Following right after that, Climate Change is the next big threat Musk is worried about and the reason why he is passionate about protecting the environment. According to him the cause of the problem can be located back to the use of fossil fuels which he identifies as “the dumbest experiment in human history”. Conversely, Elon Musk promotes sustainable energy sources. What Elon Musk is actually doing to “Power the planet” is the creation of electric cars (“Our system is obliged more than ever to adopt new generating sources that are renewable so as to be capable of pulling through the renewable reality”. -Elon Musk), plus The Solar City Corporation (a subsidiary company of Tesla that specializes in the development and selling of solar panels and solar roof tiles). As for his plan, by 2022, Musk plans to build the world’s largest virtual power plant, and by 2032, he predicts that seeing regular non-solar roofs on homes will be a thing of the past and he dreams of connecting cities via hyperloop tubes.

The last threat we are going to mention is that Musk is worried that “The World’s Population is headed for collapse” which he first mentioned to a New Scientist article as “a population bomb going off by 2076”. To be more specific we are not just talking about depopulation, but about an unprecedented aging of the world’s population (as it was also concluded in The 2019 UN World Population Prospects report). Musk mentions ,”Demographics, stratified by age, will look like an upside down pyramid with many old people & fewer young”.

After presenting our findings to the well-respected hosts of the Lab, Ms. Mania Xenou and Ms. Effie Lazaridou, as well as the Head of the Lab, Dr. Betty Tsakarestou, we were prompted to conduct a stimulation of a European Parliament debate, where a representative of each team would support their theses in the form of powerful speeches. The end goal has been to collectively vote the Top-3 priority threats that an organization shall take into account on their Crisis Management Matrix.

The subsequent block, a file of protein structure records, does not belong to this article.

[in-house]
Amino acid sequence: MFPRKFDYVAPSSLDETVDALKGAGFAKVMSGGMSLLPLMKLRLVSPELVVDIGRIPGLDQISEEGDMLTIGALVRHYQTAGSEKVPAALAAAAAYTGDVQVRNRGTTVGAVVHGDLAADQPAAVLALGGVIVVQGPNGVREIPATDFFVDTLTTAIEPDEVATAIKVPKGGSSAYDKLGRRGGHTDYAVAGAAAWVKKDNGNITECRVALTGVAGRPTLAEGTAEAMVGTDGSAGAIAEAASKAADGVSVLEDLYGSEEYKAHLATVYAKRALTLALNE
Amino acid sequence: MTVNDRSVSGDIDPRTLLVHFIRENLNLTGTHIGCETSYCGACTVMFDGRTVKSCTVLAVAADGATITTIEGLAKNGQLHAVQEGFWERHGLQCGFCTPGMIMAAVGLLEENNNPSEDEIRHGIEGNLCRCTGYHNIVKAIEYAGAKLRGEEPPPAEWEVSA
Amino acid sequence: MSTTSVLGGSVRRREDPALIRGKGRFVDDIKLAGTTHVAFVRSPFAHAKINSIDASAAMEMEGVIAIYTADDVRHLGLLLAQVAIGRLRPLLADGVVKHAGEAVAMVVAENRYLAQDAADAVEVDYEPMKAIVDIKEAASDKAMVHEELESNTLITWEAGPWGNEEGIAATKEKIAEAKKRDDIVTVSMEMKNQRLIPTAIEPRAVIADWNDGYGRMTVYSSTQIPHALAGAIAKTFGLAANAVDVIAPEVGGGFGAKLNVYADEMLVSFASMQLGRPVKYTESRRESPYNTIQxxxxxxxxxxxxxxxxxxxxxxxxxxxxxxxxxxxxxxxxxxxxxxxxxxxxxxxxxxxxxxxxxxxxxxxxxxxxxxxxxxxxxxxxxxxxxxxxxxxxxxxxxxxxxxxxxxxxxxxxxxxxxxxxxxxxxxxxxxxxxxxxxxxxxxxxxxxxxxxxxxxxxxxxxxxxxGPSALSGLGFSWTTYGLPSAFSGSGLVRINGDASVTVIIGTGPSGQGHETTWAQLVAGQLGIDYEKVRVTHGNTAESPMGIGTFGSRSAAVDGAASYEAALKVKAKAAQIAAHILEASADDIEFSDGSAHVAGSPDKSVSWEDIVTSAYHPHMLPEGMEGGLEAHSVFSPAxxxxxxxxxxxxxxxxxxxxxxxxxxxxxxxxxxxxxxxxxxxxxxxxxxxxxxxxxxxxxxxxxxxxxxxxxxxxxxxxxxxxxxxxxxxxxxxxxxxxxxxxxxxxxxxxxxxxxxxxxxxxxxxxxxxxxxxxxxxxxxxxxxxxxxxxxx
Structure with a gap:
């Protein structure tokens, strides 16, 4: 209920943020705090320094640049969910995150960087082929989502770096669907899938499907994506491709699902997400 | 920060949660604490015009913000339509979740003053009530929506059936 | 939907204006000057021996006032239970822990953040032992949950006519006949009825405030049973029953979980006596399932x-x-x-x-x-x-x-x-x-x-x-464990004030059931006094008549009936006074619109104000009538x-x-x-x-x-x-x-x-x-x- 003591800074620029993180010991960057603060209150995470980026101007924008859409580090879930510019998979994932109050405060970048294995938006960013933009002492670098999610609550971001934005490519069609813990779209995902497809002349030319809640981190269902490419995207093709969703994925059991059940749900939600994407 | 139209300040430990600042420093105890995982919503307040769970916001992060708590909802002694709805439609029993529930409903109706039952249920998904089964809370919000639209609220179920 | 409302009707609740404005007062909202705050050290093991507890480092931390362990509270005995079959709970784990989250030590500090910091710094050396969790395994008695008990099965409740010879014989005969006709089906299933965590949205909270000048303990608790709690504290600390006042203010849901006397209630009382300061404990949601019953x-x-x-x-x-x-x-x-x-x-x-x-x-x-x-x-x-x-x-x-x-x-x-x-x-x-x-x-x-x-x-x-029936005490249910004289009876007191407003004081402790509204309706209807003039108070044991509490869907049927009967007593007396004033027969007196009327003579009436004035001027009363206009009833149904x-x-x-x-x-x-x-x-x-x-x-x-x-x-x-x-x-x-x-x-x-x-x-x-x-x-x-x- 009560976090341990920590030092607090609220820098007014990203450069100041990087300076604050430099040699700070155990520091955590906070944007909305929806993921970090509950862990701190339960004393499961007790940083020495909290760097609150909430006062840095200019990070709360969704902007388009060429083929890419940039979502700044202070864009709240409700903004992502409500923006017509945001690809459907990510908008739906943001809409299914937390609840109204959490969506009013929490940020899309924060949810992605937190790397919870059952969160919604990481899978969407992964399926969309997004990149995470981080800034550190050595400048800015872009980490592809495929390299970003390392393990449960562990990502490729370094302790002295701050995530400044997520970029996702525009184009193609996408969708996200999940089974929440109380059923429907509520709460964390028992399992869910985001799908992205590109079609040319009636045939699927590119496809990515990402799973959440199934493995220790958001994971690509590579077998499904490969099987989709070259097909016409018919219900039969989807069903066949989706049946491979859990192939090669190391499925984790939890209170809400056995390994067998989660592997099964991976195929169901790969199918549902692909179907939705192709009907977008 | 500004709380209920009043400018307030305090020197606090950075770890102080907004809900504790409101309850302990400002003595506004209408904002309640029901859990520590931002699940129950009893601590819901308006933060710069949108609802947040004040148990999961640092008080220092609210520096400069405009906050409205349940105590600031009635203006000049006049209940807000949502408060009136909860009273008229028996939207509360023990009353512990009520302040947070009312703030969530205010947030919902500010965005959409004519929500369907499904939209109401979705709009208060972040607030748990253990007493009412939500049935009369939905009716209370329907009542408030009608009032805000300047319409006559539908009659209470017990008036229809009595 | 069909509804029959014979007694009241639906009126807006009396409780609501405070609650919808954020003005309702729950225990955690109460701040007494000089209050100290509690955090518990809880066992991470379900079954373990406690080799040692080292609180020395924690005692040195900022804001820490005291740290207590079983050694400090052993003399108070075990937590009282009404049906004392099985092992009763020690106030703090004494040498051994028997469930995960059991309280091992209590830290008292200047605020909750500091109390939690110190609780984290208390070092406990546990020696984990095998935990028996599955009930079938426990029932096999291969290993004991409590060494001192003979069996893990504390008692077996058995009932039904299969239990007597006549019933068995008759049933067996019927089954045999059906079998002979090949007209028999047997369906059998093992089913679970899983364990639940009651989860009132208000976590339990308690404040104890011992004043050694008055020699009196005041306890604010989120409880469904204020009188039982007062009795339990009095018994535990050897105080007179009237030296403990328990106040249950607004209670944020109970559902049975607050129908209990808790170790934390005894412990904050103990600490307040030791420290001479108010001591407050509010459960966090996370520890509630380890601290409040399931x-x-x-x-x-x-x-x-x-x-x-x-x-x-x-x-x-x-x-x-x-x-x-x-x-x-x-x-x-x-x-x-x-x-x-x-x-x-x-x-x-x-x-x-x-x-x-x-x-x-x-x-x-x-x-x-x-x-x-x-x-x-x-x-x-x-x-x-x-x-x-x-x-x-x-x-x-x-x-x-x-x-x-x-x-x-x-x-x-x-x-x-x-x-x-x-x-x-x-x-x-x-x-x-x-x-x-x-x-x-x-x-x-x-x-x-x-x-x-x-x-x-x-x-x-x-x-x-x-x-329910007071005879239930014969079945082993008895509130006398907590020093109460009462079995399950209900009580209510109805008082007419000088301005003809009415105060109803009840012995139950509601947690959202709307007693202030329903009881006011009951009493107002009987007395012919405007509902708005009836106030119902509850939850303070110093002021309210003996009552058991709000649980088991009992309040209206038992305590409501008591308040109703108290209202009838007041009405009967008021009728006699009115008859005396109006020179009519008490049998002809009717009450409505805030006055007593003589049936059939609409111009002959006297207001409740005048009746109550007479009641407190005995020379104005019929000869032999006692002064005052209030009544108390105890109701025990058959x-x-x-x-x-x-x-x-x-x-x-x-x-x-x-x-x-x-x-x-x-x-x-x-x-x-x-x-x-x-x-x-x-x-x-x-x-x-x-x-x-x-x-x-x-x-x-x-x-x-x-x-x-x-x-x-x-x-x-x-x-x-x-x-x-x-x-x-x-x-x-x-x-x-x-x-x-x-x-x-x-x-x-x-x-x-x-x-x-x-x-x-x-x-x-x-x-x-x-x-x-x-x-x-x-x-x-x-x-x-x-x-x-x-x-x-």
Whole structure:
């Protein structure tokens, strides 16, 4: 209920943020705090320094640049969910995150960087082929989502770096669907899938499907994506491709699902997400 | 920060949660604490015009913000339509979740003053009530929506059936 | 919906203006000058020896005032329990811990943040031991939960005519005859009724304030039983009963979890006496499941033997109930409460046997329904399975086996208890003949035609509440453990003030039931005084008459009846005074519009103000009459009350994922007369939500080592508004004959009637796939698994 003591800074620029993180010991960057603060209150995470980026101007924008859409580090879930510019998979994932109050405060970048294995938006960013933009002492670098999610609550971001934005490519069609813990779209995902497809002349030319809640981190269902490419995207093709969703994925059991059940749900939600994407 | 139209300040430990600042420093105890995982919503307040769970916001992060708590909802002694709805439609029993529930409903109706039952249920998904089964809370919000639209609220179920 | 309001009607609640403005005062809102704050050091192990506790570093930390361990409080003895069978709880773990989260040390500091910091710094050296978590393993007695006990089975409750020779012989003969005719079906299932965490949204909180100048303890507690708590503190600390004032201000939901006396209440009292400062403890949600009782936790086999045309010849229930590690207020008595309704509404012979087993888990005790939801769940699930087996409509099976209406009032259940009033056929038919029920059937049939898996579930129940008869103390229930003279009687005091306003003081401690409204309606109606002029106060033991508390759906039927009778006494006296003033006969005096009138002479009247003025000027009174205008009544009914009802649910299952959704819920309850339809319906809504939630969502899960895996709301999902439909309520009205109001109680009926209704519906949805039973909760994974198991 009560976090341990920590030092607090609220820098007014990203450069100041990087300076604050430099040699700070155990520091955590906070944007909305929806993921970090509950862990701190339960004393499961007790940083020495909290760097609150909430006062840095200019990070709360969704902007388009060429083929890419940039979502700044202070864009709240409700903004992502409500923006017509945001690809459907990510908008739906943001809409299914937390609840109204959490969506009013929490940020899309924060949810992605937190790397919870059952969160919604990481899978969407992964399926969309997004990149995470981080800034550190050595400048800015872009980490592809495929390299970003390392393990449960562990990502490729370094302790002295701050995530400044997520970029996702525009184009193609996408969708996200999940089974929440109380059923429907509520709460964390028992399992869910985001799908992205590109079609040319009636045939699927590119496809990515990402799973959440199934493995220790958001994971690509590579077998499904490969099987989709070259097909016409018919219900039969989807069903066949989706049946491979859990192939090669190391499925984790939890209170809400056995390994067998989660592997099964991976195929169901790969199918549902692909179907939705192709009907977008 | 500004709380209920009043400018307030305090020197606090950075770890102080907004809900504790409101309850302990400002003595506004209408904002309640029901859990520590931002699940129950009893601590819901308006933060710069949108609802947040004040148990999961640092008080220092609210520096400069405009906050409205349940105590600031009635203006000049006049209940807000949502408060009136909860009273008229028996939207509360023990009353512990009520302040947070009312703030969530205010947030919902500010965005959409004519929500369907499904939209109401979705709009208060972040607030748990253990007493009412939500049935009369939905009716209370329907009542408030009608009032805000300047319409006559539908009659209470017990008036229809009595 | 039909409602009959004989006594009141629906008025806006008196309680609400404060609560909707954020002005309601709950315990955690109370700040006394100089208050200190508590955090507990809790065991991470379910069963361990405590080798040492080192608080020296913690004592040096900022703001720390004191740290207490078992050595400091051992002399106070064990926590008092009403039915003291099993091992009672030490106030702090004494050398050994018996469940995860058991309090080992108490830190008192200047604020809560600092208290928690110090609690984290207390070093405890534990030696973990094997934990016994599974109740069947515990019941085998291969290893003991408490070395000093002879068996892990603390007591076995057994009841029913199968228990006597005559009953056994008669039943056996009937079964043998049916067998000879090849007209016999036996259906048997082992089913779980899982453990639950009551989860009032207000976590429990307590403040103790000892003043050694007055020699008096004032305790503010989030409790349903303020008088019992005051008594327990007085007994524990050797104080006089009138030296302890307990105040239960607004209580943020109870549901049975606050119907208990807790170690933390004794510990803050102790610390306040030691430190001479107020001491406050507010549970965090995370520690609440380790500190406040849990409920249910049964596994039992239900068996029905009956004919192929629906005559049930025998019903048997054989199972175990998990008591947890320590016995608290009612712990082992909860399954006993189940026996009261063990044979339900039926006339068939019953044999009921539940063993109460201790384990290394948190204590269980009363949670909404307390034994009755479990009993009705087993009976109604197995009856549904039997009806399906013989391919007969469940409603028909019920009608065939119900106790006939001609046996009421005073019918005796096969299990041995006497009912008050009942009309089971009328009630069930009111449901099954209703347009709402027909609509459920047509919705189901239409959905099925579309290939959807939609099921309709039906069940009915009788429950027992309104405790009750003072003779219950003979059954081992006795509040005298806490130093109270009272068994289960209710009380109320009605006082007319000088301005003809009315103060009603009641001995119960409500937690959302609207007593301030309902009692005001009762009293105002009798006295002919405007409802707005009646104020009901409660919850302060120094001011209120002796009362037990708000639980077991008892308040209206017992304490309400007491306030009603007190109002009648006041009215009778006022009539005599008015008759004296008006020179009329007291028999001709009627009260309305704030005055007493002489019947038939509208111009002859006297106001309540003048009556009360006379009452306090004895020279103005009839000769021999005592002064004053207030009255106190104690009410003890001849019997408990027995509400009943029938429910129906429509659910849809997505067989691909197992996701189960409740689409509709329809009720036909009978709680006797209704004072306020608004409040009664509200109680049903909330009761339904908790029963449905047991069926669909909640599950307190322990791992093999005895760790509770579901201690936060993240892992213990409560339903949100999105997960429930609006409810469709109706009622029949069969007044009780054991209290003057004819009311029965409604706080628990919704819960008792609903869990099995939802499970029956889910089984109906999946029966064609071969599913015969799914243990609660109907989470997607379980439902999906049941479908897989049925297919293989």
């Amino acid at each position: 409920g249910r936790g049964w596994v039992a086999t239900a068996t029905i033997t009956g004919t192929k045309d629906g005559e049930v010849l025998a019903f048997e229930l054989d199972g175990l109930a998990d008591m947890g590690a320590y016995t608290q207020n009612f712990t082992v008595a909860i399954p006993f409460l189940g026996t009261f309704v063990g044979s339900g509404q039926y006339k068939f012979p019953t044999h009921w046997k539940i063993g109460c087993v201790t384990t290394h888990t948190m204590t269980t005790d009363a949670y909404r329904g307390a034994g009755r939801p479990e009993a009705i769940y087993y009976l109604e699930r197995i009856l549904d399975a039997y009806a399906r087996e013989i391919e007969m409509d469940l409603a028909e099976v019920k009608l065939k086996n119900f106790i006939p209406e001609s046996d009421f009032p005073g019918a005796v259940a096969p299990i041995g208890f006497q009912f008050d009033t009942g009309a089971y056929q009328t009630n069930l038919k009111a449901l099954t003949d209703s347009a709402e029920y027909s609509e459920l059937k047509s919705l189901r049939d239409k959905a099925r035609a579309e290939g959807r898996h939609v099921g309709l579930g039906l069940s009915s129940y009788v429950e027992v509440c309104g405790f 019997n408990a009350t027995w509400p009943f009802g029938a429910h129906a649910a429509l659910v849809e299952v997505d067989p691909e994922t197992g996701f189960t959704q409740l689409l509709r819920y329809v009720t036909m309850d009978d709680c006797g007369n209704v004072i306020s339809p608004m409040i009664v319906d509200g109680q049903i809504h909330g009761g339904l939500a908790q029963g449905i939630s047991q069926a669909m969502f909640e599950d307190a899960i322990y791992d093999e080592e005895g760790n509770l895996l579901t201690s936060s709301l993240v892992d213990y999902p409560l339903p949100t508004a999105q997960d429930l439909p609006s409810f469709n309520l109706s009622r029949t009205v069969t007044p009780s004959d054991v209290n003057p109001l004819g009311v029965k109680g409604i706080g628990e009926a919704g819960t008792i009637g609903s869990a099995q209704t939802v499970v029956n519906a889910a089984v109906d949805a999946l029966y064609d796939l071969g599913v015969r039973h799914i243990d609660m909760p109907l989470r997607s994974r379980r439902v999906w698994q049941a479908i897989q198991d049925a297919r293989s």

The conversation between the representatives has been truly enlightening. Many threats were highlighted, such as Artificial Intelligence, Wars, Mental Health etc. After all members shared their thoughts, it was time to prioritize the threats via vote. The results were very interesting, since the vast majority of the representatives voted for: Mental Health, World Peace and Cyber Safety as the major threats against humanity without, of course, undermining the importance of the other issues mentioned.

In conclusion, judging from this important conversation that took place, there was only one thing for us to assume. The topic of Crisis Management is a whole new world full of interesting information and we cannot wait to learn more about it!

Part 2, to be published soon!

Who are we?

We are LoADing 2.0, a creative, 12-membered team formed for the needs of the Ad & PR Lab in the Department of Communication, Media & Culture at Panteion University of Social and Political Sciences. The current story is the first part of a series, aiming to provide details about our learning journey on Crisis Management, in the context of the respective lab we are attending, in the last semester of our Bachelor’s Degree.

Professor: Dr. Betty Tsakarestou
Project Coordinators: Mania Xenou, Effie Lazaridou
Team: Maria Drasioudi, Δήμητρα Κιοϊλόγλου, Amanda Linara, Zelia Makri, Athina Manolaki, Ιριάνα Νίκα, Giannis Papalambrou, Αφροδίτη Πουχτού, Panagiotis Theofanopoulos, Christina Tsakona, Theodora Fokaeos, Angelika Hazizi